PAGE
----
H/T Jane Bodie (playwright extraordinaire in her own right – one of my mentor thank yous) draws my attention to this brilliant Lorrie Moore essay collection (amazon link here). Read it along side Zadie Smith and Susan Sontag. This is from the Kate Kellaway Guardian review:
“Working backwards, I have drawn up six rules that Moore would seem to be following, based on this book:
1. A review is a minor entertainment, a performance. Be courteous but not to the point where reviews are enforcedly joke-free zones. On Edna St Vincent Millay: “Millay was considered successfully detoxed when the nurses got her breakfast down to tea, toast and claret.” Yet remember: a joke should not distort the subject.
2. Be truthful and never gratuitously unkind.
3. Embed criticism within praise to reduce its sting. (Moore specialises in the critical sandwich: sharp filling, tasty bread on either side.) “It is one of [Joan] Silber’s limitations turned brazen, wise refusal that she has not bothered to create different voices for her characters. Everyone speaks in the same lively, funny, intelligent voice: the voice of the book.”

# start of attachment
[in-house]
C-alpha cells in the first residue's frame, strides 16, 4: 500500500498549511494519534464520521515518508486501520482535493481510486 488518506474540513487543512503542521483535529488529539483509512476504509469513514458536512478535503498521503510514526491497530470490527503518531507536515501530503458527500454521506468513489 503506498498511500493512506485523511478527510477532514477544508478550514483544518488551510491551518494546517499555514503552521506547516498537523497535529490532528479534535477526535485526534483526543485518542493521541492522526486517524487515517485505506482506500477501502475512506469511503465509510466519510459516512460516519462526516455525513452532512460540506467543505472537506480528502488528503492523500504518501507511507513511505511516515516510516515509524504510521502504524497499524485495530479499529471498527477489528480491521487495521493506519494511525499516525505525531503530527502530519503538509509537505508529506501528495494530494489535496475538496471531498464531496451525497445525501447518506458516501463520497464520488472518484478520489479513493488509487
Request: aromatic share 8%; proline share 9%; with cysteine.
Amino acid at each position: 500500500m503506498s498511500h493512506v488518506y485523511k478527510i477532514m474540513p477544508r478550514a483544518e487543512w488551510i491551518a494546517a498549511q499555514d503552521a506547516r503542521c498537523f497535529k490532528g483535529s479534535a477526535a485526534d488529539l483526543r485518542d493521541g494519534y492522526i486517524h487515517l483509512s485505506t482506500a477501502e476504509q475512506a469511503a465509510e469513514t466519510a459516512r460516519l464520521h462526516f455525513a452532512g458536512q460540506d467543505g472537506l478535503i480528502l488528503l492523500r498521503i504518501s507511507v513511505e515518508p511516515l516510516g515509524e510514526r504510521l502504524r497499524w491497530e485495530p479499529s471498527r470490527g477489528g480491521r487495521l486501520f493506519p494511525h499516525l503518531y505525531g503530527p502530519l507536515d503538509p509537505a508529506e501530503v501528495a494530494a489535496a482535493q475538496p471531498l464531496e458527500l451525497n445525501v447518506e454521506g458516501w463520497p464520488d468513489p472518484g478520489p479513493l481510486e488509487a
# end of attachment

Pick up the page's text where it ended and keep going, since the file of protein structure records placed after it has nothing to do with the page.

4. Keep ego in its place, but feel free to use the first person. Moore maintains: “There is nothing more autobiographical than a book review.” (An exaggeration, surely?) She writes about artists’ paradoxical mix of “weirdly paired egotism and humility”.
6. Consult your moral compass. Moore is an undoctrinaire feminist with a keen, flexible, unheated take on women. Her piece on Updike identifies an under-evolved knowledge of women by men in his fiction, a “wise unknowingness”.
And this also from Moore's intro:
If you'd like to feel inspired by commencement addresses and life lessons try: Neil Gaiman on making wonderful, fabulous, brilliant mistakes; or Nassim Taleb's commencement address; or JK Rowling on the benefits of failure. Or Charlie Munger on always inverting; Sheryl Sandberg on grief, resilience and gratitude or investor Ray Dalio on Principles.
Cross fertilise. Read about the autistic mind here.
More thoughts: My Financial Times opinion article on the importance of long-term questions to management teams and Environment, Social and Governance capital.